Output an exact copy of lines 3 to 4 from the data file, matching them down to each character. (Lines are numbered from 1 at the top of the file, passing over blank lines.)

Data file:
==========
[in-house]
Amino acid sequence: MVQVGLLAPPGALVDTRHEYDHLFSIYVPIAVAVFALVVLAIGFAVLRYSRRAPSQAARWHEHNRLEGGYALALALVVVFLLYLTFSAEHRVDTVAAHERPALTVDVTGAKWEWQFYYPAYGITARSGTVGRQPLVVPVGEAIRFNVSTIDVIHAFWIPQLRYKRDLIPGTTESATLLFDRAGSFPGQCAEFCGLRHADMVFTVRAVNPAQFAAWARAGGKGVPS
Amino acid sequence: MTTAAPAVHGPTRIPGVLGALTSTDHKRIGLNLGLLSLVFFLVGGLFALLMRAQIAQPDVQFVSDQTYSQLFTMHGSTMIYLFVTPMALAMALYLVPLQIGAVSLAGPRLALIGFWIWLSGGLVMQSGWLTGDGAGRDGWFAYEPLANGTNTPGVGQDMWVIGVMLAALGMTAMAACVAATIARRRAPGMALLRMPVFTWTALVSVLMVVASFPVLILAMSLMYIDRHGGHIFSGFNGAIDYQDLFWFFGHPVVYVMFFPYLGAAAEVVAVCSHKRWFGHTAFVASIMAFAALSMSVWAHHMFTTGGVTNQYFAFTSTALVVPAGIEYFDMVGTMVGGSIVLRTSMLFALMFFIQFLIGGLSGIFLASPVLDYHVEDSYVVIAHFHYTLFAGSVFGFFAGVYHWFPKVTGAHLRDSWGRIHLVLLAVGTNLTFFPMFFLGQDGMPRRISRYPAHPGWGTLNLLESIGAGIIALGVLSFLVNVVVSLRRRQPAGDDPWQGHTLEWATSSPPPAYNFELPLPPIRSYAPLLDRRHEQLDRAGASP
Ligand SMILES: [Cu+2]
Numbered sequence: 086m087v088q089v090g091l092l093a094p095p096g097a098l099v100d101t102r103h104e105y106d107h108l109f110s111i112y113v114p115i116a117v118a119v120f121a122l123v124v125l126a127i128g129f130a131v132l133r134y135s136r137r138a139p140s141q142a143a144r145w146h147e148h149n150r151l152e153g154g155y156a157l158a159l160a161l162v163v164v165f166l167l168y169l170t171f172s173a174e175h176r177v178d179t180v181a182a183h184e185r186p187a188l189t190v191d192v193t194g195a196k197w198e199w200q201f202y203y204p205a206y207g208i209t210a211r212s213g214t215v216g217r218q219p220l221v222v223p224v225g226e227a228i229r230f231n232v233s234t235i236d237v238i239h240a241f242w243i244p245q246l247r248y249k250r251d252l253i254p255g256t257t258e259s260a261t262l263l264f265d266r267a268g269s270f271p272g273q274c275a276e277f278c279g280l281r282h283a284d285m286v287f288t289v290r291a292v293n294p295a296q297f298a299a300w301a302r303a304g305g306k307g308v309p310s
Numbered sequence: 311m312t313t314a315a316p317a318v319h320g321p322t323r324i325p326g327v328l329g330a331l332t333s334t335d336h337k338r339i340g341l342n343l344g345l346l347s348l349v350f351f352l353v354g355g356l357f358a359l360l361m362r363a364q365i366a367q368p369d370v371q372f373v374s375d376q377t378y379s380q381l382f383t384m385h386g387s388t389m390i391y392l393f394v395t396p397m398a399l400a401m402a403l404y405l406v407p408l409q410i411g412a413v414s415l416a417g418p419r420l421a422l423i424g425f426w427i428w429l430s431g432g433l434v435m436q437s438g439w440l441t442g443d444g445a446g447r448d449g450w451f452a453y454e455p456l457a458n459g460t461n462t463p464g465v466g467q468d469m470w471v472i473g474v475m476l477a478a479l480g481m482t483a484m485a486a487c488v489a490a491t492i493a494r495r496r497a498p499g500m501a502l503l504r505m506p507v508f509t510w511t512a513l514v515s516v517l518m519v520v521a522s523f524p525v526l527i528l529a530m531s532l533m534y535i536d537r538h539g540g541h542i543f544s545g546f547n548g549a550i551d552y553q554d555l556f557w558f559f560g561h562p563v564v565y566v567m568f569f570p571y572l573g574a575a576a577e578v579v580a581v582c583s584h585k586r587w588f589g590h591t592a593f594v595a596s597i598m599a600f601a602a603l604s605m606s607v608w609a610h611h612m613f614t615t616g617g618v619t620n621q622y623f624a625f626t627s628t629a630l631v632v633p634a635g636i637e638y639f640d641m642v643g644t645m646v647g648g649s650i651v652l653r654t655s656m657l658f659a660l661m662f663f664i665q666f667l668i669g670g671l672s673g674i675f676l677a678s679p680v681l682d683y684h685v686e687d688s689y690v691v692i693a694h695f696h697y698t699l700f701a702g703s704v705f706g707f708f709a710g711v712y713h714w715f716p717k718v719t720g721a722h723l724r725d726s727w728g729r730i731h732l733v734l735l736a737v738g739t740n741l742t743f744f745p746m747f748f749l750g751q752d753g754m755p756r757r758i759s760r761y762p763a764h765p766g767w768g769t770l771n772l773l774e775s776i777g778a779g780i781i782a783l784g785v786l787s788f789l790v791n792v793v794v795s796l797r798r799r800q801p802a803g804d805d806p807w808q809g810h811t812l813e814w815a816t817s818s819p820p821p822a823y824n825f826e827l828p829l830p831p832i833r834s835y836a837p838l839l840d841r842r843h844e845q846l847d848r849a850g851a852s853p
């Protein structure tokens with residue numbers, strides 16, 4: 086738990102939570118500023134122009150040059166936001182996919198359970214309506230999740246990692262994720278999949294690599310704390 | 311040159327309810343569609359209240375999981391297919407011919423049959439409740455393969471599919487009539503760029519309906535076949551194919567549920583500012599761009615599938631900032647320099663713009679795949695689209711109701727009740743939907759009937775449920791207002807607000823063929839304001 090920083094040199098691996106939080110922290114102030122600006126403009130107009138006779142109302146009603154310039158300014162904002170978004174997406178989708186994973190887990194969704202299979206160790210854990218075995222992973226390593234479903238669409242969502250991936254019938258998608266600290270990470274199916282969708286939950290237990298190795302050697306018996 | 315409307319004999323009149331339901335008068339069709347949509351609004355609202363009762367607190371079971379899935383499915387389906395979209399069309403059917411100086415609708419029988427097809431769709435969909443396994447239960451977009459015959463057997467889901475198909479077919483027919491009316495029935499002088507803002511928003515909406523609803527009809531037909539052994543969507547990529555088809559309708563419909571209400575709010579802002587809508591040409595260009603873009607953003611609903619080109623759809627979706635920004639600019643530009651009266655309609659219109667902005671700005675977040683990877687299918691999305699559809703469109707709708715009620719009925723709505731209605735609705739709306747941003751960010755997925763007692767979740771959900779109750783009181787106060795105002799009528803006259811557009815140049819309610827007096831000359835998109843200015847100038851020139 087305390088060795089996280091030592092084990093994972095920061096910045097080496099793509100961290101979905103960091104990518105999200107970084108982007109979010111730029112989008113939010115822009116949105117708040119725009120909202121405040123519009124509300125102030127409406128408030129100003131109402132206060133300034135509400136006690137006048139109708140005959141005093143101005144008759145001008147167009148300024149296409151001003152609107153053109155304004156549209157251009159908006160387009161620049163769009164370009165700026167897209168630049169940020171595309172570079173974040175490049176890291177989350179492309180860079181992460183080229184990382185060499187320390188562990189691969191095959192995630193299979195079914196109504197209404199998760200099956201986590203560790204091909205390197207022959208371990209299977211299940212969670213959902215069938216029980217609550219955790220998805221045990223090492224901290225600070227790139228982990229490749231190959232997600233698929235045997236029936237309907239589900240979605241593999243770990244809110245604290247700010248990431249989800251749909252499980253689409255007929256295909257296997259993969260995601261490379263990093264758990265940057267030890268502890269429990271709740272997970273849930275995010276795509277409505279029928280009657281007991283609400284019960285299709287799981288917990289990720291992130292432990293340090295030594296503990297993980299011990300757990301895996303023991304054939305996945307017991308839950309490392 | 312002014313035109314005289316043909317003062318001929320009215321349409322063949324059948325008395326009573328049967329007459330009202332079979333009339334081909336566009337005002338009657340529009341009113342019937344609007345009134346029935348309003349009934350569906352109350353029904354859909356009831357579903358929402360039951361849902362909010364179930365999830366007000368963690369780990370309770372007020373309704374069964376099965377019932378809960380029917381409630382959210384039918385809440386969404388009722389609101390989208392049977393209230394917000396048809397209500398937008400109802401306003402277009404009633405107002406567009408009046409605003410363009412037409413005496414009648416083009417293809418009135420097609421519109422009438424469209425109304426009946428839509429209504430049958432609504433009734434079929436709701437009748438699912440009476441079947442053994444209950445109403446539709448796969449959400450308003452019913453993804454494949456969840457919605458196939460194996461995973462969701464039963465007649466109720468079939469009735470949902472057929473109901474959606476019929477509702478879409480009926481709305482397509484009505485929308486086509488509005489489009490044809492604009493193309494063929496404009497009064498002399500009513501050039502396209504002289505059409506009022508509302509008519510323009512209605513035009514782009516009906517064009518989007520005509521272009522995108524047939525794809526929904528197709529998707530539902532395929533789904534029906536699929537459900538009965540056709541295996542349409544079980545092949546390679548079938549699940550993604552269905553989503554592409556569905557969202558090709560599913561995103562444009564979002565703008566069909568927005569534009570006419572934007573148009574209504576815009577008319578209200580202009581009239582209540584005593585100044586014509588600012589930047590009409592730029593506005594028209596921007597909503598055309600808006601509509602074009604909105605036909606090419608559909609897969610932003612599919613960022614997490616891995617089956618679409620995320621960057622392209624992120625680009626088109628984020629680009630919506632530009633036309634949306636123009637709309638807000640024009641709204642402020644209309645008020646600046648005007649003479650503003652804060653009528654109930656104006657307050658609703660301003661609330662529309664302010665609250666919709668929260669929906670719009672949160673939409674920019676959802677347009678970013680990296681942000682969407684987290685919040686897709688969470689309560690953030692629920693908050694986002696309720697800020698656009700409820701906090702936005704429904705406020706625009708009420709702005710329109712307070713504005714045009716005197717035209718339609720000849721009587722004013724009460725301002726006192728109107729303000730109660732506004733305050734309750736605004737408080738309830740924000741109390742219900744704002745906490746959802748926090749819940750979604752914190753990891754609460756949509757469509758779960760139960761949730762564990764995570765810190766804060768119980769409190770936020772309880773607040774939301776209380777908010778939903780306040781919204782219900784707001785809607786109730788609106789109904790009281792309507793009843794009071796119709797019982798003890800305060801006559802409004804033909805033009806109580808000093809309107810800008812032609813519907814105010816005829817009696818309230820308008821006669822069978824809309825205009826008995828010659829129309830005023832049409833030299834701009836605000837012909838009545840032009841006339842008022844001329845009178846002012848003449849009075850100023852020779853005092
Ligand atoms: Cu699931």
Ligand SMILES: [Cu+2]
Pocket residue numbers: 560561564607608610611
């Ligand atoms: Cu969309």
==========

Amino acid sequence: MTTAAPAVHGPTRIPGVLGALTSTDHKRIGLNLGLLSLVFFLVGGLFALLMRAQIAQPDVQFVSDQTYSQLFTMHGSTMIYLFVTPMALAMALYLVPLQIGAVSLAGPRLALIGFWIWLSGGLVMQSGWLTGDGAGRDGWFAYEPLANGTNTPGVGQDMWVIGVMLAALGMTAMAACVAATIARRRAPGMALLRMPVFTWTALVSVLMVVASFPVLILAMSLMYIDRHGGHIFSGFNGAIDYQDLFWFFGHPVVYVMFFPYLGAAAEVVAVCSHKRWFGHTAFVASIMAFAALSMSVWAHHMFTTGGVTNQYFAFTSTALVVPAGIEYFDMVGTMVGGSIVLRTSMLFALMFFIQFLIGGLSGIFLASPVLDYHVEDSYVVIAHFHYTLFAGSVFGFFAGVYHWFPKVTGAHLRDSWGRIHLVLLAVGTNLTFFPMFFLGQDGMPRRISRYPAHPGWGTLNLLESIGAGIIALGVLSFLVNVVVSLRRRQPAGDDPWQGHTLEWATSSPPPAYNFELPLPPIRSYAPLLDRRHEQLDRAGASP
Ligand SMILES: [Cu+2]